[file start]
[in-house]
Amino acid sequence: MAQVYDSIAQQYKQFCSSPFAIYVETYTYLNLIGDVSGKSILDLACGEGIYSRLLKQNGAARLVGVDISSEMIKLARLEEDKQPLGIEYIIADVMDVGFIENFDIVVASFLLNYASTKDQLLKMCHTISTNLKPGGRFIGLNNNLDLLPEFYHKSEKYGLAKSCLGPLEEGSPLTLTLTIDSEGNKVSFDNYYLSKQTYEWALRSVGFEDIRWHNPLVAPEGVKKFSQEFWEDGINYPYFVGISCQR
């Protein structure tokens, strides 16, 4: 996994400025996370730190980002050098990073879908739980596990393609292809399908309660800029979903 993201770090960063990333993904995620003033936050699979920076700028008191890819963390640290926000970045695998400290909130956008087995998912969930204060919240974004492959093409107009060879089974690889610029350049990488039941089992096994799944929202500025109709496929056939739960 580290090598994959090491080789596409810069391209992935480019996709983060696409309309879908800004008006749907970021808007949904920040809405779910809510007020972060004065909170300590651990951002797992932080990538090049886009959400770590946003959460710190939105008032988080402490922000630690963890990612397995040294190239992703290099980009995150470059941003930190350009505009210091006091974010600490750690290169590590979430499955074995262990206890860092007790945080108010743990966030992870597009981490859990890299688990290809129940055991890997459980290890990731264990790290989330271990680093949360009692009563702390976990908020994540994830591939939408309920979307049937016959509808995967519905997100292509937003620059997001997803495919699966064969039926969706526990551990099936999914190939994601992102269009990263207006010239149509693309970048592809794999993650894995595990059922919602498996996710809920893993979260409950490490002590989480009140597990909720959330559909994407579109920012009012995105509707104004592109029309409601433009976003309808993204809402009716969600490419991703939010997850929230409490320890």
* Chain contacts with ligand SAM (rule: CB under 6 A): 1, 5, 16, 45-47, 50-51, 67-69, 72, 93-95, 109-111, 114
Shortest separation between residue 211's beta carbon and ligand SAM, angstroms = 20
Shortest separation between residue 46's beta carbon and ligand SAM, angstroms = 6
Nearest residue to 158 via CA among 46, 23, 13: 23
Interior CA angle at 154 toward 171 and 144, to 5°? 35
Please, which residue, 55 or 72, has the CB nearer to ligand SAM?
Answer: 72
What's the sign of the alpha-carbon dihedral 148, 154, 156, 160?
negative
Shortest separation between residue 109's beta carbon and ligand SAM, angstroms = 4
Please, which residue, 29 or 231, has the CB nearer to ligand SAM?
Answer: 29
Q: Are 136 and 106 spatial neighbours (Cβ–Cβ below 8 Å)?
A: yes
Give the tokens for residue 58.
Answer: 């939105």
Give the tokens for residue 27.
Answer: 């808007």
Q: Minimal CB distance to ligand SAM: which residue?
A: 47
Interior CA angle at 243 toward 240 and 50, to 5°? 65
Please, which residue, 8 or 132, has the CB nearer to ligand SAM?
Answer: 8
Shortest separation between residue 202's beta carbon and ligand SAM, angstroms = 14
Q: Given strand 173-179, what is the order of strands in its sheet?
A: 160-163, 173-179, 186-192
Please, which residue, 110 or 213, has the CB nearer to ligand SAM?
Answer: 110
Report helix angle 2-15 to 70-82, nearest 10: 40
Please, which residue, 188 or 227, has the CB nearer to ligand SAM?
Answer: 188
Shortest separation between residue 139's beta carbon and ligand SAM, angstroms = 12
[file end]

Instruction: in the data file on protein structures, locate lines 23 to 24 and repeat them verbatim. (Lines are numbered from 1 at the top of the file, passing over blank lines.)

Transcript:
A: 47
Interior CA angle at 243 toward 240 and 50, to 5°? 65